On Sunday night, we had our second Vespers. On the boys side, I shared my Warrior-Worrier story.  I have included that story as a separate blog today: http://blog.campchampions.com/our-warrior-vs-our-worrier.

On the girls side, the campers in 7-11 (those who just finished 9th grade and are in the first year of the Senior Camper program), each wrote a letter that they read to the girls. Susie Ma’am loves this night and always requests that the girls share a copy of their letters with her. In today’s blog, I would like to include three of them.

Before I do so, please allow me a few words of explanation.  First, teenage girls are somewhat inclined to hyperbole.  They generally do NOT understate things.  Second, teens inevitably give their parents too little credit and camp a bit too much credit. As a result, they will say things like “camp taught me to be myself”.  I know that this is not really true.  All of our campers are products of loving parents and a myriad of experiences that shape them throughout the year.  Camp is not the sole teacher of any important skill or attribute.

Camp, however, can be a rich and fertile place to cultivate good habits, improve self confidence, and develop positive internal narratives. At its best, camp can help amplify a camper’s best attributes. It’s summer enrichment, but not for school grades or academic skills - rather, it’s enrichment of character.

For teens, I think this is especially important. If your camper is younger, you might not completely realize that the worshipful gaze of your 9-year old will soon morph into the eye-rolls of the average teen.  As our children get older, we parents get less cool in their eyes.

This is natural.  In fact, it is a necessary part of their maturation – they want to establish an identity that is separate from us. As parents, we can’t always teach independence. But our children need it nevertheless.

So their growing up process can be a little scary sometimes. If they are not listening to us, who are they listening to?  Other teens? That is not always the best possible news. 

It is my hope that at right about the time our children stop listening to us parents (or at least trying hard to ACT like they are not listening), they will still listen to our counselor role models who are still young enough to be cool in their minds.

Susie Ma’am likes to tell a story of our own daughter after a session at camp.  She declared that her counselors were the “smartest ever” and began to share some of the counselors’ advice.  Susie Ma’am then listened as Terrill repeated verbatim information that she (Susie) had told the counselors during orientation.  Part of her wanted to say “hey, I said that!”, but she then thought “hey, it’s nice that she is getting the message!”

With all of that said, here are three of the 25 7-11 “love letters” to camp:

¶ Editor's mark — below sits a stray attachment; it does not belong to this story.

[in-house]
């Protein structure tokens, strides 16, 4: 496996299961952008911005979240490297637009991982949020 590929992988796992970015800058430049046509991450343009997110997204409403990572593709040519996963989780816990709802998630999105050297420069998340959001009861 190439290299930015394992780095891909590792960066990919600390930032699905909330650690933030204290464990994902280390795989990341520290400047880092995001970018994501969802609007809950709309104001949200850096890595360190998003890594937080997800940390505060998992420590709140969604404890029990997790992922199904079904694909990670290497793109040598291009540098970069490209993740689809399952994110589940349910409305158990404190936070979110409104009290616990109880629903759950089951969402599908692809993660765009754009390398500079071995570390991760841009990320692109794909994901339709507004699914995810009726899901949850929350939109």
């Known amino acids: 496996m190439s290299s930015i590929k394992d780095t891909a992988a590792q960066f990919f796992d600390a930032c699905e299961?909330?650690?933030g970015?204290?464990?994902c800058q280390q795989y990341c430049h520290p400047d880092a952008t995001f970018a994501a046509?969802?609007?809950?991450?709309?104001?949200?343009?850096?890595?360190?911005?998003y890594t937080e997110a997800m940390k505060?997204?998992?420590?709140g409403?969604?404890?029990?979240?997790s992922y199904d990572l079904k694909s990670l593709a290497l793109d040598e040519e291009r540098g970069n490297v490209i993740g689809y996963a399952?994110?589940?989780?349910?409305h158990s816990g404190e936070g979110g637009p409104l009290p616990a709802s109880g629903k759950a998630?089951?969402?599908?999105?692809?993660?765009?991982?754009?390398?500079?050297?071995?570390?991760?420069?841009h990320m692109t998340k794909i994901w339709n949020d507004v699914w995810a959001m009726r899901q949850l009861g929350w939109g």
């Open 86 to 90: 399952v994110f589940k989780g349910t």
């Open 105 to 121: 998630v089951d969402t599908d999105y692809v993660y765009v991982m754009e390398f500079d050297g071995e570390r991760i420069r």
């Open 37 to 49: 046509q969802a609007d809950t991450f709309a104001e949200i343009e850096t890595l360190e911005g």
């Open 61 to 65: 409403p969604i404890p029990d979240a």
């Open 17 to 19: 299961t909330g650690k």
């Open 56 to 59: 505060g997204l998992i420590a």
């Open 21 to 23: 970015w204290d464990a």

Some people go to camp just to have fun. I am proud to say that I don’t. I come to camp to learn how to lead, work, be strong and be confident with my inner self.  Most teenagers do not know who they are outside of other people. But I don’t believe that this is the case for me or my cabinmates.  Camp has taught us to be content and to be our own selves.  To be given a place such as this to grow is a tremendous gift. We are allowed to embrace who we are and what we want.  Before coming to camp, I would enter a room and worry “who in here likes me?” and now I can confidently ask “who in here do I like?”  I am grateful to everyone on the girls side and beyond for giving me the power to live and think that way.  Thank you for helping me grow into who I am now and continue on to what I will become.   Thank you for taking in a caged bird and helping her soar.



Dear Girls Side,

I really, really love camp.  When I think of love, marriage comes to mind. I don’t want to marry camp because that would be weird, but I’m going to relate camp to the idea of marriage. Camp has given me something old, new, borrowed and blue.

Something blue is the skies and the water of Lake LBJ that I look to and feel at peace with the world.  Something borrowed is the cabins and facilities of camp used term after term, year after year that remain special.  Something old is my closest friends I return to see every year. While we may not talk everyday, I know I can trust all of my cabinmates and they’ll be there for me all year. Of all that camp has given me, something new is the most important.  Something new is a bigger and better sense of self, that I couldn’t have found anywhere else.  So to Susie Ma’am, Steve Sir, Leah Ma’am and all of the girls side, I am forever grateful.



Dearest Camp Champions,

This is a letter to you expressing my love, thanks and care for each of you. God has given every individual a special gift so they can give back and I want all of you to find yours and learn to use it.

God has blessed me with the ears to hear, that heart to listen, and the hands to help.  Without the guidance of camp, I may not have discovered my gifts. I am learning to have the heart of a champion and I will serve, lead, and love with every bit of it.

I encourage all of you to hang onto what they teach you here.  They have taught me to love myself today and improve myself tomorrow.  And by listening to Susie Ma’am and Steve Sir, I have learned about humility when you are a part of something as big and great as this right here, you can’t help to be humbled.

I am work in progress.  I will never be perfect, but I can only get better from here. Thank you for being a part of the journey.  Become the champion that God intends for you to be!


Steve Sir


Want more like this? See: http://blog.campchampions.com/how-to-help-kids-build-self-confidence